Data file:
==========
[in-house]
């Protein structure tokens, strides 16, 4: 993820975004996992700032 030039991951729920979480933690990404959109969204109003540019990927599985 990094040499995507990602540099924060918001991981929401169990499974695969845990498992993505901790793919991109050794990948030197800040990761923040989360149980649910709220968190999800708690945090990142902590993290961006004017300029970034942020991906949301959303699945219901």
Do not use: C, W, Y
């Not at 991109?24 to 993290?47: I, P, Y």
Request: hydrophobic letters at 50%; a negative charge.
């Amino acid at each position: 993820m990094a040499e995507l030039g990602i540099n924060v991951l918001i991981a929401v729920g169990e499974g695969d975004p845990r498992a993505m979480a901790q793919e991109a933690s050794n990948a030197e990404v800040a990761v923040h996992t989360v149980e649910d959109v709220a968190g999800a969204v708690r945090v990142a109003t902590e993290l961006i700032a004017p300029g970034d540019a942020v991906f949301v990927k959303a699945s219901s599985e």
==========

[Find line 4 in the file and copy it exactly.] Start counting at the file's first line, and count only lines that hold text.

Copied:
């Not at 991109?24 to 993290?47: I, P, Y």